Traditionally, the regulations of the Americans with Disabilities Act (ADA) were restricted to physical businesses open to the public. Today, that’s no longer the case. The ADA was passed in 1990 to increase the ease with which people with disabilities could access and enjoy business spaces. However, many businesses don’t realize that their websites are also subject to those standards. With the growth of the Internet and business websites, ADA lawsuits against corporate websites have ballooned. While the ADA does not afford monetary damages to private parties bringing such a lawsuit, it does provide for a “reasonable” attorney’s fee, which can be astronomical. Additionally some plaintiffs assert rights under state accessibility or unfair business practices statutes, which may provide for monetary damages.
Plaintiffs claim that business websites are “places of public accommodation” and are therefore subjected to the ADA. They file lawsuits on the basis that these websites are not accessible to those with disabilities, such as the blind or hearing impaired. Some courts have agreed with plaintiffs, even though the Department of Justice has not issued any formal regulations on the matter.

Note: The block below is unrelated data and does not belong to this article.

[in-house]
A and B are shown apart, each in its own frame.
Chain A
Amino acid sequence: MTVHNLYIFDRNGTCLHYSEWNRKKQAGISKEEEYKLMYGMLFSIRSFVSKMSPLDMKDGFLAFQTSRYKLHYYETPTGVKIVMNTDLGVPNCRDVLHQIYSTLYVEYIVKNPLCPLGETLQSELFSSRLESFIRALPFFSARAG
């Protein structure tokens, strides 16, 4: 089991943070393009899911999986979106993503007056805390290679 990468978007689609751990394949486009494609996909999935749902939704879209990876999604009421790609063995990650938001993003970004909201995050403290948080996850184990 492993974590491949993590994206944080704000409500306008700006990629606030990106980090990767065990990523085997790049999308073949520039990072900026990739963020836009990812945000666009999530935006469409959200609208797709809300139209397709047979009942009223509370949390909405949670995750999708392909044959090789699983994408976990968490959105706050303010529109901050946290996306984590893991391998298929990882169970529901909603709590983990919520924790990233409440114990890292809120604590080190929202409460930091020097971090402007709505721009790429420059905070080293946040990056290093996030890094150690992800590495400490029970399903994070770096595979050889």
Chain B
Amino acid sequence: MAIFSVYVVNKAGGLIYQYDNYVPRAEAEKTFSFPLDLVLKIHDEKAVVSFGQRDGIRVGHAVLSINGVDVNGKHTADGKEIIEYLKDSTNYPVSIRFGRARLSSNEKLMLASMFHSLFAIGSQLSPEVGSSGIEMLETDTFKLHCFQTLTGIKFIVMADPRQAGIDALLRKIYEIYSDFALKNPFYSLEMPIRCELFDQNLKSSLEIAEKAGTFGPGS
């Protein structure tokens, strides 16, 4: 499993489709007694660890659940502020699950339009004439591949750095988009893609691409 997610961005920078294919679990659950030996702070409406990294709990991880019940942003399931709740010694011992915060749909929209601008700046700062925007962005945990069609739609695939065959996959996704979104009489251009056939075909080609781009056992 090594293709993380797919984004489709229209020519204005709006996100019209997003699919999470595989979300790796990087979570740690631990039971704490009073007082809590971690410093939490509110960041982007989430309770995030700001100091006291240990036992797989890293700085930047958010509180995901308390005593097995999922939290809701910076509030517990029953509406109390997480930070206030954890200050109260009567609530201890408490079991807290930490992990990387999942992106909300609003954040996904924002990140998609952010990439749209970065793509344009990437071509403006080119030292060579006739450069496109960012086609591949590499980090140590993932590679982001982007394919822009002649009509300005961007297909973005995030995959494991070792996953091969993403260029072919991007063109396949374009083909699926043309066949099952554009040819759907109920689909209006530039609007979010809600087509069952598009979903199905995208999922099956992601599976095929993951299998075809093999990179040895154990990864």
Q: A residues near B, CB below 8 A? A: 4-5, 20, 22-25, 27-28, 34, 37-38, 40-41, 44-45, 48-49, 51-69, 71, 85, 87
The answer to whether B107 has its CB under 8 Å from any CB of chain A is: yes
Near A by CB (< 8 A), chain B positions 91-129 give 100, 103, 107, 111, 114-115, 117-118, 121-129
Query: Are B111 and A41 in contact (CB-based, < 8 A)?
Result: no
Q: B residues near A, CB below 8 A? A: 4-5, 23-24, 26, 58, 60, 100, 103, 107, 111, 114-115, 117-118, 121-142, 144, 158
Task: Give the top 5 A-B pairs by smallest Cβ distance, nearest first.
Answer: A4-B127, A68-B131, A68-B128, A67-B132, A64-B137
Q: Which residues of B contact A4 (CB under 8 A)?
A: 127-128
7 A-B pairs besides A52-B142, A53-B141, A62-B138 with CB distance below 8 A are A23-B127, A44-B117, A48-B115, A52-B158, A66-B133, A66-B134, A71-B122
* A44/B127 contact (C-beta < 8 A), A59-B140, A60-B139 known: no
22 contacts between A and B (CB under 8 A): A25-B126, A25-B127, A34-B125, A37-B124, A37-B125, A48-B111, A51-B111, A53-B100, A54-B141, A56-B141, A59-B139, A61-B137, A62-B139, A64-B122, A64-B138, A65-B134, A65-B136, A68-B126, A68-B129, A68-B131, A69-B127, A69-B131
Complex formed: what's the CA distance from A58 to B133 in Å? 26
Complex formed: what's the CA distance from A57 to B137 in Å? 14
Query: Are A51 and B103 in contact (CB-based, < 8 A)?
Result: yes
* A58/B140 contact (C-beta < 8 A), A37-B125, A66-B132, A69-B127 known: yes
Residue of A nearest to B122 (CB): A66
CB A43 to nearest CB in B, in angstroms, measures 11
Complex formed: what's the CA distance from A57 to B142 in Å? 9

Kronenberger Rosenfeld navigates businesses through these vague laws by:
Businesses should not allow themselves to be taken advantage of by career plaintiffs looking for an easy target. Kronenberger Rosenfeld has more than fifteen years of experience defending companies in internet-related lawsuits, and can help you and your business in dealing with any individual or class action lawsuits relating to ADA compliance.
To learn more about ADA website compliance defense, we welcome you to contact us through our online case submission form or call us at 415-955-1155, ext. 120.